Eugene Chislenko
Temple University
G.E. Moore noticed the oddity of statements like: “It's raining, but I don't believe it.” This oddity is often seen as analogous to the oddity of believing akratically, or believing what one believes one should not believe, and has been appealed to in denying the possibility of akratic belief. I describe a Belief Akratic's Paradox, analogous to Moore's paradox and centered on sentences such as: “I believe it's raining, but I shouldn't believe it.” I then defend the possibility of akratic belief against appeals to this analogy, arguing both that akratic belief does not require belief-akratic-paradoxical belief, and that the latter is importantly different from Moorean belief. I conclude by considering the implications of these arguments for an understanding of both Moorean and akratic belief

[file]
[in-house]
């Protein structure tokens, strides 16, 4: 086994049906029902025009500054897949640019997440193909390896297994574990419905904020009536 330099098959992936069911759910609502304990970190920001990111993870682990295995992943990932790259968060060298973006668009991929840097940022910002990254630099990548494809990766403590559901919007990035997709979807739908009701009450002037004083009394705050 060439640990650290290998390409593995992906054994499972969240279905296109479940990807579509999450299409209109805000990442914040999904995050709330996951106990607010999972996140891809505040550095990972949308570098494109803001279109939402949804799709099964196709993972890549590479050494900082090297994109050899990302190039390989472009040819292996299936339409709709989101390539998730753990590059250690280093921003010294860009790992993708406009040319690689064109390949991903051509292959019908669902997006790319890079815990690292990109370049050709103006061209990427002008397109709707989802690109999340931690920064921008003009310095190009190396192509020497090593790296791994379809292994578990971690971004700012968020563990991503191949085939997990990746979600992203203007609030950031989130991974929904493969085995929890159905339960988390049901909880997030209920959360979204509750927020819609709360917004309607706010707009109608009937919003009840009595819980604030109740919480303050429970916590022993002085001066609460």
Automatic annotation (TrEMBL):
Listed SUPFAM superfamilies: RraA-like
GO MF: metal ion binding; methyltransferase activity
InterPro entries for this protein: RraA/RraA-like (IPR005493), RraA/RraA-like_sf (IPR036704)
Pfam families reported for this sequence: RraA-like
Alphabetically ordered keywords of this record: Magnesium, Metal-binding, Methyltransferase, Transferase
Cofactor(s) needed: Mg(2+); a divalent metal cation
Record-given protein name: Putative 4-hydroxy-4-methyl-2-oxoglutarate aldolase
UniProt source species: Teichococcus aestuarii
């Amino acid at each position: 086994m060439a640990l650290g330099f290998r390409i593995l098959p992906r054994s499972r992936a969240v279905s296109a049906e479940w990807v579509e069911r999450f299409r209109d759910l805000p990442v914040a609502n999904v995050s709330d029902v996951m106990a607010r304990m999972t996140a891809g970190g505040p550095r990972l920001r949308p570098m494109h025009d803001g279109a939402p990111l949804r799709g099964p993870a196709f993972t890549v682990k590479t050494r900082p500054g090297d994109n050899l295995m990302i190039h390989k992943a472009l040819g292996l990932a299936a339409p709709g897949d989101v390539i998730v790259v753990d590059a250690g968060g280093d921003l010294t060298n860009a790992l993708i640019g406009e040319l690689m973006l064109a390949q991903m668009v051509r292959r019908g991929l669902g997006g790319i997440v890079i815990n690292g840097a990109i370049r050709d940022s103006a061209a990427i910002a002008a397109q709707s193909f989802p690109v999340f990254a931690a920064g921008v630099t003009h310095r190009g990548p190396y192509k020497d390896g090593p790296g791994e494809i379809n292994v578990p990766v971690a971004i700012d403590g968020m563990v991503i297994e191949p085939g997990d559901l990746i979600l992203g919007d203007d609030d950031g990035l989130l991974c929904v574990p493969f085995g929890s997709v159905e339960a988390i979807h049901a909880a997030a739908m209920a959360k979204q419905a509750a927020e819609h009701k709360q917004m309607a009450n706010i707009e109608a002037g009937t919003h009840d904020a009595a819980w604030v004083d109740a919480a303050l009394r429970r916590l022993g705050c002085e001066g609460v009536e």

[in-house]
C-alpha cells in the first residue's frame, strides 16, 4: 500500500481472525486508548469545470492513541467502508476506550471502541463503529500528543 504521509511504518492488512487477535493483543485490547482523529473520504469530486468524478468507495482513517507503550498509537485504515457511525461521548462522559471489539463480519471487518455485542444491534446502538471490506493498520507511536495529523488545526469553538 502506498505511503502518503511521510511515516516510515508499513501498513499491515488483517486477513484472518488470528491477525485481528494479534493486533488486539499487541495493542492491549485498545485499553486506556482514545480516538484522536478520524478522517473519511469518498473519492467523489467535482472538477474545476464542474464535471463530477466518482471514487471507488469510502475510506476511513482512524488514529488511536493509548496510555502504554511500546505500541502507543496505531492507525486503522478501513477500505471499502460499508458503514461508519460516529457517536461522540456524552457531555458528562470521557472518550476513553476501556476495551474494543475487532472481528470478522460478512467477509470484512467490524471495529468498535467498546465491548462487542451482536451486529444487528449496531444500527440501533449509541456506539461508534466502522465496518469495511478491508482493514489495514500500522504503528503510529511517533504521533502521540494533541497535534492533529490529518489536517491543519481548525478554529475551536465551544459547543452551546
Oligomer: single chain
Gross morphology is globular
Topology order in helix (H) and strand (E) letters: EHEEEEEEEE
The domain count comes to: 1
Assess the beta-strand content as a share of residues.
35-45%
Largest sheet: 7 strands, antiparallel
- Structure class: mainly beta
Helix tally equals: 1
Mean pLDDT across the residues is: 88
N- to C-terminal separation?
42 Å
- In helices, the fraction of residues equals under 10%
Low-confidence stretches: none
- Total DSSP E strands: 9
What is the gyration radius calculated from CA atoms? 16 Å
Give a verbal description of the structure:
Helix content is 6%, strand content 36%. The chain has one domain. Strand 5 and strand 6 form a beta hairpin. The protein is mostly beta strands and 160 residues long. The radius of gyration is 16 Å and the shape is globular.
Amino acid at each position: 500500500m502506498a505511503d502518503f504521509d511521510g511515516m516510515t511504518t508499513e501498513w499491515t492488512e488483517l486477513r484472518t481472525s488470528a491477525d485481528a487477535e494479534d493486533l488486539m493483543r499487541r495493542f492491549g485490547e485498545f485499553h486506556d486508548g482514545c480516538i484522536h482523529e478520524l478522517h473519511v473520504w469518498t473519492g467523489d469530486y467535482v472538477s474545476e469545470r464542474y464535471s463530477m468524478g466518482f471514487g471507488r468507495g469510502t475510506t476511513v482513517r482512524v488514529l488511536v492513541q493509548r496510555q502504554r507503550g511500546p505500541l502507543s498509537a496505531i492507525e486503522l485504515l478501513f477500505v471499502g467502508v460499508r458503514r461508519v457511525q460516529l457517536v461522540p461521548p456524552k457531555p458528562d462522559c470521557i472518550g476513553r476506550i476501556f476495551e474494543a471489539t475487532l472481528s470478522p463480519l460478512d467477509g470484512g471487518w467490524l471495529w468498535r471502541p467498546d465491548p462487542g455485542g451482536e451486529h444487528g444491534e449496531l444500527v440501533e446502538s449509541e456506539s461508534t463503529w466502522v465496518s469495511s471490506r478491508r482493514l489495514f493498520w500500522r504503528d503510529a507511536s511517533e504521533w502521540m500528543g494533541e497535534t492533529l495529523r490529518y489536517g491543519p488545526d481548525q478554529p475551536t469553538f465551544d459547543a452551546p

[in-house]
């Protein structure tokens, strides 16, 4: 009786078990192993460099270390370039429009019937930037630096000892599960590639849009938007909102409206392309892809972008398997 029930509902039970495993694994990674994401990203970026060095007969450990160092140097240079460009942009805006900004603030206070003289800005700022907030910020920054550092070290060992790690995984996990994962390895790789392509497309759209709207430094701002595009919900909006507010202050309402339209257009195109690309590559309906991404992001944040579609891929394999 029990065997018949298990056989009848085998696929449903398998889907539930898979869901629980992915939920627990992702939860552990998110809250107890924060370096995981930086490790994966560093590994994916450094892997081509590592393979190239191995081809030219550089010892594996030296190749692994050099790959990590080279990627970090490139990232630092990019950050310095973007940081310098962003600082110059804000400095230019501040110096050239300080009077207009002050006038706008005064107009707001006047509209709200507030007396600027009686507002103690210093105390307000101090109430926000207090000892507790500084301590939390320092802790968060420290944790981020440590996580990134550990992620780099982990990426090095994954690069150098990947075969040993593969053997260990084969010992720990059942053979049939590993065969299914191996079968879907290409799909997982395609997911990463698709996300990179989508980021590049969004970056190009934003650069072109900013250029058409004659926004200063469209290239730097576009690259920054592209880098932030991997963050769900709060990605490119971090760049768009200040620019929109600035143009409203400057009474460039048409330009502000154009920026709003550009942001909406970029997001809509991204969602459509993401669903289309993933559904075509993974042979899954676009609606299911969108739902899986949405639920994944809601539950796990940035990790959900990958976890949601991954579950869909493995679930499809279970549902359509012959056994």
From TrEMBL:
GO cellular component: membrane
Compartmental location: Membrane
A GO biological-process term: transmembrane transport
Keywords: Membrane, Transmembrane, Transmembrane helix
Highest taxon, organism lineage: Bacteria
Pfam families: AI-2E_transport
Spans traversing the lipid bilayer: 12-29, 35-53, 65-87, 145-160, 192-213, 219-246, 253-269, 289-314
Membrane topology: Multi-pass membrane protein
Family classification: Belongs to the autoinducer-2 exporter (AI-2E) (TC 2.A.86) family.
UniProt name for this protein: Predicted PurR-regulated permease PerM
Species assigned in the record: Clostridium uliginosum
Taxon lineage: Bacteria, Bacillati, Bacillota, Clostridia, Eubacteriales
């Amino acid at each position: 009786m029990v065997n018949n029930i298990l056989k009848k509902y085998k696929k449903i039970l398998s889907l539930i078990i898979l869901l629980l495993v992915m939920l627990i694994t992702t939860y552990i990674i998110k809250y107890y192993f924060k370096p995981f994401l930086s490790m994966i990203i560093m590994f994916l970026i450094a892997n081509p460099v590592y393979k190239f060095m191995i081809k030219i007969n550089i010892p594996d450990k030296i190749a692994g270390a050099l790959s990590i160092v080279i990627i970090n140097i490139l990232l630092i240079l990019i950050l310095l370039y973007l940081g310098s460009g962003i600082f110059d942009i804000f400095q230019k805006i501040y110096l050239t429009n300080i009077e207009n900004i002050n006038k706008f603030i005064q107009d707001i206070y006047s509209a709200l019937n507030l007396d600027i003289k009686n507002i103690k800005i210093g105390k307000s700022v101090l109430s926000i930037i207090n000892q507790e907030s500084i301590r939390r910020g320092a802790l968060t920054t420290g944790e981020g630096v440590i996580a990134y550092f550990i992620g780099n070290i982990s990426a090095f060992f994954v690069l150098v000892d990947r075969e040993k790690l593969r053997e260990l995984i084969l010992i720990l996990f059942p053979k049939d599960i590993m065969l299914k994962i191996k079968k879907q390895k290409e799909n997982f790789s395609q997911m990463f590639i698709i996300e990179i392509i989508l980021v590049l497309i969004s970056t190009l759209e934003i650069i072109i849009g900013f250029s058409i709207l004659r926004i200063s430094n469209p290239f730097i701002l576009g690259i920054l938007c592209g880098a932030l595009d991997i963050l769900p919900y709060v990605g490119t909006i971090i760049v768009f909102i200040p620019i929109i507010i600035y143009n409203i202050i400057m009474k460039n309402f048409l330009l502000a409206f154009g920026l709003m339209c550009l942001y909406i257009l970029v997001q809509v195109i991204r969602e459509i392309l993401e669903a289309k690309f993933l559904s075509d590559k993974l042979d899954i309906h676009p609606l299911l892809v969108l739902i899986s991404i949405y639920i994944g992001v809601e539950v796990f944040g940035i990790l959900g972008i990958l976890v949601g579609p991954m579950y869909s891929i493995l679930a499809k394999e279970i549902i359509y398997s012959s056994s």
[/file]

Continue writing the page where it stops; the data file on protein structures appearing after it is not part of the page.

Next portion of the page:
Keywords belief  akrasia  Moore's paradox  transparency  rationality
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Reprint years 2016
DOI 10.1111/phpr.12127
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References found in this work BETA

What We Owe to Each Other.Thomas Scanlon - 1998 - Belknap Press of Harvard University Press.
Philosophical investigations.Ludwig Wittgenstein & G. E. M. Anscombe - 1953 - Revue Philosophique de la France Et de l'Etranger 161:124-124.

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